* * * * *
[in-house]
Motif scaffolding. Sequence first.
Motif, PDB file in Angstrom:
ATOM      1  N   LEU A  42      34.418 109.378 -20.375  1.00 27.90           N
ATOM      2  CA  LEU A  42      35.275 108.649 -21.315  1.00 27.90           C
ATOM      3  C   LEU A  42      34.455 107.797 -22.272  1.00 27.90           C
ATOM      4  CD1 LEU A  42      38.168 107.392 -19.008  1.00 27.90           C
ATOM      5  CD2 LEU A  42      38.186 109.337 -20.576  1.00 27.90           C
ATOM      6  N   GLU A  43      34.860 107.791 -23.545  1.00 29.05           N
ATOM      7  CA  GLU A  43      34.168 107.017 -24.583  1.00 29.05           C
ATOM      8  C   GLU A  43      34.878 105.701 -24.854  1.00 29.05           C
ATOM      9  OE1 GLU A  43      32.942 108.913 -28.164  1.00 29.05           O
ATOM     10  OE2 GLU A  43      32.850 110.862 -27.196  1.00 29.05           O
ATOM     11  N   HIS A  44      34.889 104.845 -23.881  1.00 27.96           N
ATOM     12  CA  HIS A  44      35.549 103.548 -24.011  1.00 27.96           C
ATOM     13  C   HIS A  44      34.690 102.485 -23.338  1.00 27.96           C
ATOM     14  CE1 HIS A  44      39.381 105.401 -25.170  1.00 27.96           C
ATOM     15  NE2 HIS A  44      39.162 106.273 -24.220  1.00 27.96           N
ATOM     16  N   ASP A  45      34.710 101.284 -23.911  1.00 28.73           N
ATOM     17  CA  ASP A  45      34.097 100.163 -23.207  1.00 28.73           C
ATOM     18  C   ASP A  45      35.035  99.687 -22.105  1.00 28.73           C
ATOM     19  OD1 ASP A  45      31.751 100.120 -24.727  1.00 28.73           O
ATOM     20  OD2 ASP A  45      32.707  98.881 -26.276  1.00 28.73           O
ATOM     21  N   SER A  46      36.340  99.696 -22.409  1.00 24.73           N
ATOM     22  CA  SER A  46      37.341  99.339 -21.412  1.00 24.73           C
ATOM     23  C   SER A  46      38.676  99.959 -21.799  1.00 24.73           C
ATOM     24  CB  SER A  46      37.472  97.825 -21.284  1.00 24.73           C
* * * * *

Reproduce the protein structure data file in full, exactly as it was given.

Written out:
[in-house]
Motif scaffolding. Sequence first.
Motif, PDB file in Angstrom:
ATOM      1  N   LEU A  42      34.418 109.378 -20.375  1.00 27.90           N
ATOM      2  CA  LEU A  42      35.275 108.649 -21.315  1.00 27.90           C
ATOM      3  C   LEU A  42      34.455 107.797 -22.272  1.00 27.90           C
ATOM      4  CD1 LEU A  42      38.168 107.392 -19.008  1.00 27.90           C
ATOM      5  CD2 LEU A  42      38.186 109.337 -20.576  1.00 27.90           C
ATOM      6  N   GLU A  43      34.860 107.791 -23.545  1.00 29.05           N
ATOM      7  CA  GLU A  43      34.168 107.017 -24.583  1.00 29.05           C
ATOM      8  C   GLU A  43      34.878 105.701 -24.854  1.00 29.05           C
ATOM      9  OE1 GLU A  43      32.942 108.913 -28.164  1.00 29.05           O
ATOM     10  OE2 GLU A  43      32.850 110.862 -27.196  1.00 29.05           O
ATOM     11  N   HIS A  44      34.889 104.845 -23.881  1.00 27.96           N
ATOM     12  CA  HIS A  44      35.549 103.548 -24.011  1.00 27.96           C
ATOM     13  C   HIS A  44      34.690 102.485 -23.338  1.00 27.96           C
ATOM     14  CE1 HIS A  44      39.381 105.401 -25.170  1.00 27.96           C
ATOM     15  NE2 HIS A  44      39.162 106.273 -24.220  1.00 27.96           N
ATOM     16  N   ASP A  45      34.710 101.284 -23.911  1.00 28.73           N
ATOM     17  CA  ASP A  45      34.097 100.163 -23.207  1.00 28.73           C
ATOM     18  C   ASP A  45      35.035  99.687 -22.105  1.00 28.73           C
ATOM     19  OD1 ASP A  45      31.751 100.120 -24.727  1.00 28.73           O
ATOM     20  OD2 ASP A  45      32.707  98.881 -26.276  1.00 28.73           O
ATOM     21  N   SER A  46      36.340  99.696 -22.409  1.00 24.73           N
ATOM     22  CA  SER A  46      37.341  99.339 -21.412  1.00 24.73           C
ATOM     23  C   SER A  46      38.676  99.959 -21.799  1.00 24.73           C
ATOM     24  CB  SER A  46      37.472  97.825 -21.284  1.00 24.73           C